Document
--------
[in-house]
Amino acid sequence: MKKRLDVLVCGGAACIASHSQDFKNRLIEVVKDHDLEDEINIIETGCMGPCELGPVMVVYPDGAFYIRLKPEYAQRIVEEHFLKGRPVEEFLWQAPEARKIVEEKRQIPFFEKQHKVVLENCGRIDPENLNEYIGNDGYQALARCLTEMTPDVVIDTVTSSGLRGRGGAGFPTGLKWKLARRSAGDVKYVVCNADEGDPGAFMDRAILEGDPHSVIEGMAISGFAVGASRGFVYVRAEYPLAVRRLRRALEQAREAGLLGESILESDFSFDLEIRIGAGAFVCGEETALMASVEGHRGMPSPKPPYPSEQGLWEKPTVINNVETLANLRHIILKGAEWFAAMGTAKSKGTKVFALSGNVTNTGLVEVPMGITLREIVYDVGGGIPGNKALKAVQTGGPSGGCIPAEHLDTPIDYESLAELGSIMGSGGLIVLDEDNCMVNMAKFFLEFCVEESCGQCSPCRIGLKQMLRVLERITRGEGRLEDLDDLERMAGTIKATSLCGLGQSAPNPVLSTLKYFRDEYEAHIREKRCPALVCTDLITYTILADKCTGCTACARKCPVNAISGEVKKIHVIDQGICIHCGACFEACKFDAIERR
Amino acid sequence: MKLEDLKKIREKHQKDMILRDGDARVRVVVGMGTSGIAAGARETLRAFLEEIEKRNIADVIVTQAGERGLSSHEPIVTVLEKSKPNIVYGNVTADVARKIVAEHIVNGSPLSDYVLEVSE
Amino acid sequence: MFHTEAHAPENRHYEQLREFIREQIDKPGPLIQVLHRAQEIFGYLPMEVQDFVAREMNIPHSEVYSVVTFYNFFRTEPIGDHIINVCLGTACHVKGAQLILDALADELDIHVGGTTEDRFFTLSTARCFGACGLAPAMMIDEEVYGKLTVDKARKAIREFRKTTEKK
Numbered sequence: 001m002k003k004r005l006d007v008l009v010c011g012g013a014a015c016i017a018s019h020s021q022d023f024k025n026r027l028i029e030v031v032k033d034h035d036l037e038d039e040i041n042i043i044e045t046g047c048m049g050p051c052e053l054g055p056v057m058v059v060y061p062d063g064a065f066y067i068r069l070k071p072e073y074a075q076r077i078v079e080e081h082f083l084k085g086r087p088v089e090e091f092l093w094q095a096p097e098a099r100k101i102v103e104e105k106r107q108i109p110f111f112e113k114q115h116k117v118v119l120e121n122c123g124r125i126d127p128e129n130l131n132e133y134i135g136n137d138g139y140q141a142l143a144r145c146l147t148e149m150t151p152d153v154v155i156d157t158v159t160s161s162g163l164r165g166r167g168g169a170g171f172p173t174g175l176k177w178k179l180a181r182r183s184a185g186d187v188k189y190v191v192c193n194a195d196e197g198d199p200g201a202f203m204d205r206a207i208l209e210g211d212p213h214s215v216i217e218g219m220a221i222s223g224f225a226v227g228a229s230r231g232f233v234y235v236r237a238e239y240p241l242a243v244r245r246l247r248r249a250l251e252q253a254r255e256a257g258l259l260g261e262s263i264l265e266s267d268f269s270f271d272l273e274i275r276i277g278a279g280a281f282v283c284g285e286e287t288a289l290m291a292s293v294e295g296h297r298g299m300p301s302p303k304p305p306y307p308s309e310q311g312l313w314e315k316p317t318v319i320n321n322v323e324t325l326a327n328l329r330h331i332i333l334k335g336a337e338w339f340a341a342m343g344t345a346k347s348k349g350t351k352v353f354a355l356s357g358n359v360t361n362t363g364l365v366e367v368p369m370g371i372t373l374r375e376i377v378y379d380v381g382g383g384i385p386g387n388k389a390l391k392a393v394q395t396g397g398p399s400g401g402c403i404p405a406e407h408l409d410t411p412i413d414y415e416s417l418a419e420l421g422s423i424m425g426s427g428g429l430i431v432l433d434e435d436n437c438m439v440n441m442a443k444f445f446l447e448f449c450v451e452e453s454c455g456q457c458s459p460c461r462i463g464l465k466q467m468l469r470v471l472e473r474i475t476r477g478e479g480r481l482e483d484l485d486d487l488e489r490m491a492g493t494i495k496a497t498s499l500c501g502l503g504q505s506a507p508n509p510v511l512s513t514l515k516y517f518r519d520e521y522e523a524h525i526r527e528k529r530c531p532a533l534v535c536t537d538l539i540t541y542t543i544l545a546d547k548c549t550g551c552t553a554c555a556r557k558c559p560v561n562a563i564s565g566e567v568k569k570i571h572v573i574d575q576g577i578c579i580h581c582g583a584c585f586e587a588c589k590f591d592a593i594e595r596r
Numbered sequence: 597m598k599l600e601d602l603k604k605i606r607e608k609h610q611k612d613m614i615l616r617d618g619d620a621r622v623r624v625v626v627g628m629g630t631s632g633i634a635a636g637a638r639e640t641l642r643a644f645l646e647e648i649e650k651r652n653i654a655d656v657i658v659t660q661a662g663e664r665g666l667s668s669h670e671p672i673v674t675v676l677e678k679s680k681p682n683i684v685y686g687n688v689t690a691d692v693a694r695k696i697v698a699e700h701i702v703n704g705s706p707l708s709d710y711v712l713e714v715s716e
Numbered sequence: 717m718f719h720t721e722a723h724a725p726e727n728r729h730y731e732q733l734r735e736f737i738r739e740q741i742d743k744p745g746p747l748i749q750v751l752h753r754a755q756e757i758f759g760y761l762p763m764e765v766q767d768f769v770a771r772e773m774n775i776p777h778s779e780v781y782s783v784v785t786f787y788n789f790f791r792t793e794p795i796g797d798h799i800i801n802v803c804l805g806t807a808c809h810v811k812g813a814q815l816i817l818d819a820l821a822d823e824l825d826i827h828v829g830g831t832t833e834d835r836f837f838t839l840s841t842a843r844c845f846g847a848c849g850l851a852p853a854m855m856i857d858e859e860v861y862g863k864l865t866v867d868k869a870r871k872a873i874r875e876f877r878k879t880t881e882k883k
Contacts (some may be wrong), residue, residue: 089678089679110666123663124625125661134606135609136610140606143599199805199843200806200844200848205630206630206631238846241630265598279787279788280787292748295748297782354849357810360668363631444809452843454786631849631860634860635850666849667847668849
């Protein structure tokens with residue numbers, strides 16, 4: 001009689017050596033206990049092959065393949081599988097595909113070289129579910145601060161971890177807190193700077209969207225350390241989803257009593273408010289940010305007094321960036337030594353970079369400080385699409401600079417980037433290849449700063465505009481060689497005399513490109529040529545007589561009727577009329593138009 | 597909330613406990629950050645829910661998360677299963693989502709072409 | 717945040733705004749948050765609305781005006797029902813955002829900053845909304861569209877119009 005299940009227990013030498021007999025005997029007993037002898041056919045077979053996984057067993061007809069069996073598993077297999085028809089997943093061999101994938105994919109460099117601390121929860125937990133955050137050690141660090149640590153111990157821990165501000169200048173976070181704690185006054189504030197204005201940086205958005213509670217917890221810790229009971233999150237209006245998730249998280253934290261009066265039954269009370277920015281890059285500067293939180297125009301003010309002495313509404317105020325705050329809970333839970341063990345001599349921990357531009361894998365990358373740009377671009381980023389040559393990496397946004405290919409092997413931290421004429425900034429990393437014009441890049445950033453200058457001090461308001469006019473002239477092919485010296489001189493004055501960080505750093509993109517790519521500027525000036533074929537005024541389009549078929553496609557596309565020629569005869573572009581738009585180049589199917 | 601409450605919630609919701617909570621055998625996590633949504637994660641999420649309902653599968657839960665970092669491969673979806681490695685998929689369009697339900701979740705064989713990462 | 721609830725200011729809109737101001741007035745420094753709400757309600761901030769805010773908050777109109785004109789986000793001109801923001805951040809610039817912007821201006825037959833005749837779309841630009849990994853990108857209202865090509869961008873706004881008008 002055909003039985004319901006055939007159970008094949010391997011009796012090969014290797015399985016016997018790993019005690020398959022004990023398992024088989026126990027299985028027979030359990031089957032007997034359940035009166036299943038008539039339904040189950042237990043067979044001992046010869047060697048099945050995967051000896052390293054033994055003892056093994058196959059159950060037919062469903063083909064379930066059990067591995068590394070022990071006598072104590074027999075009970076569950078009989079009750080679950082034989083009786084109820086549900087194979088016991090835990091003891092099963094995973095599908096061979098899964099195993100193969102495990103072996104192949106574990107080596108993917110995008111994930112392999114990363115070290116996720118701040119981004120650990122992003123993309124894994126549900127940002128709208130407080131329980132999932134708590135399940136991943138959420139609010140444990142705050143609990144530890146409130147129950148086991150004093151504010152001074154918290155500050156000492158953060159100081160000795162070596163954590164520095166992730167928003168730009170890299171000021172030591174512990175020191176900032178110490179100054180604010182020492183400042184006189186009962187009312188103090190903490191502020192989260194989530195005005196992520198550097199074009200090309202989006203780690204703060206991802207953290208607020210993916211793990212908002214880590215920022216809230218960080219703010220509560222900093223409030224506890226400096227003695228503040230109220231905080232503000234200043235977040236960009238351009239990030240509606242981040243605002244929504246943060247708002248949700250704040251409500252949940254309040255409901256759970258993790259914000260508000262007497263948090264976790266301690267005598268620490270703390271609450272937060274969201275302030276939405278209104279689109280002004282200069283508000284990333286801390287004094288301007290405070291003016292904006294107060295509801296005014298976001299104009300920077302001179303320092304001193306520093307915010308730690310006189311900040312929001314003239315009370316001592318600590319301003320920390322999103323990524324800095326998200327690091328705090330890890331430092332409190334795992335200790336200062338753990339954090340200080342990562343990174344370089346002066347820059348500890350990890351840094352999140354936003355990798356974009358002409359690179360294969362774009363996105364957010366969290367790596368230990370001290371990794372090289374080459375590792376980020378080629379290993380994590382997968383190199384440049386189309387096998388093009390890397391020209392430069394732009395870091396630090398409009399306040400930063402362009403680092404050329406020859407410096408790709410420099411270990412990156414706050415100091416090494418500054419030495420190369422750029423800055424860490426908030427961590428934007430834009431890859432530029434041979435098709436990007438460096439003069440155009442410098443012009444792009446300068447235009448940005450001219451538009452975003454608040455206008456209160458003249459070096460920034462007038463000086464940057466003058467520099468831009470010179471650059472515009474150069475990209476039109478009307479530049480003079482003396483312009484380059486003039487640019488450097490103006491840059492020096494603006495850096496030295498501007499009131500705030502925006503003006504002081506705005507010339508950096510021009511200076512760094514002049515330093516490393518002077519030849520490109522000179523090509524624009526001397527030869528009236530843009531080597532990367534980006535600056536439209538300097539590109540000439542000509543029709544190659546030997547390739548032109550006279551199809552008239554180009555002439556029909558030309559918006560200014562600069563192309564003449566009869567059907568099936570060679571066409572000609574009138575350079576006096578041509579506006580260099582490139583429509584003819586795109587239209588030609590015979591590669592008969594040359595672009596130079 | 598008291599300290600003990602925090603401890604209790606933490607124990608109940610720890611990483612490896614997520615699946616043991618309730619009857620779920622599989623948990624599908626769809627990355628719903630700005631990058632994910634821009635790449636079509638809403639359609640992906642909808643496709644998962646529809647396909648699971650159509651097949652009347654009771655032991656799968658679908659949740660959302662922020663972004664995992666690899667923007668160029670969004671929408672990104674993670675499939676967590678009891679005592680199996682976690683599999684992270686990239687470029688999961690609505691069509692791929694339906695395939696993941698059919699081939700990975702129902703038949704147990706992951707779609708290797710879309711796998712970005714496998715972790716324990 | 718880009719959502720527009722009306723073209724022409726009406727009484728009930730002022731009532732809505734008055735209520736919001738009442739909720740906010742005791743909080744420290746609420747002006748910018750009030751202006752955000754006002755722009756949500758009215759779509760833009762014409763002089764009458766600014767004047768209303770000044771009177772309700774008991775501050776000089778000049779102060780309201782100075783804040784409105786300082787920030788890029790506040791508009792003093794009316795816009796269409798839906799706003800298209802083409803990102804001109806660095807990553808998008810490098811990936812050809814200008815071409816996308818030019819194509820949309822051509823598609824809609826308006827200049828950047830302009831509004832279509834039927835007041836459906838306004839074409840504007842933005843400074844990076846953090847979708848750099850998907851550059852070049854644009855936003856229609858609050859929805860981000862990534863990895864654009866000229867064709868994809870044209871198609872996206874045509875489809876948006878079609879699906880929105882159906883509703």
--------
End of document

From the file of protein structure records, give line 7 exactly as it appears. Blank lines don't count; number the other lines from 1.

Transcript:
Numbered sequence: 717m718f719h720t721e722a723h724a725p726e727n728r729h730y731e732q733l734r735e736f737i738r739e740q741i742d743k744p745g746p747l748i749q750v751l752h753r754a755q756e757i758f759g760y761l762p763m764e765v766q767d768f769v770a771r772e773m774n775i776p777h778s779e780v781y782s783v784v785t786f787y788n789f790f791r792t793e794p795i796g797d798h799i800i801n802v803c804l805g806t807a808c809h810v811k812g813a814q815l816i817l818d819a820l821a822d823e824l825d826i827h828v829g830g831t832t833e834d835r836f837f838t839l840s841t842a843r844c845f846g847a848c849g850l851a852p853a854m855m856i857d858e859e860v861y862g863k864l865t866v867d868k869a870r871k872a873i874r875e876f877r878k879t880t881e882k883k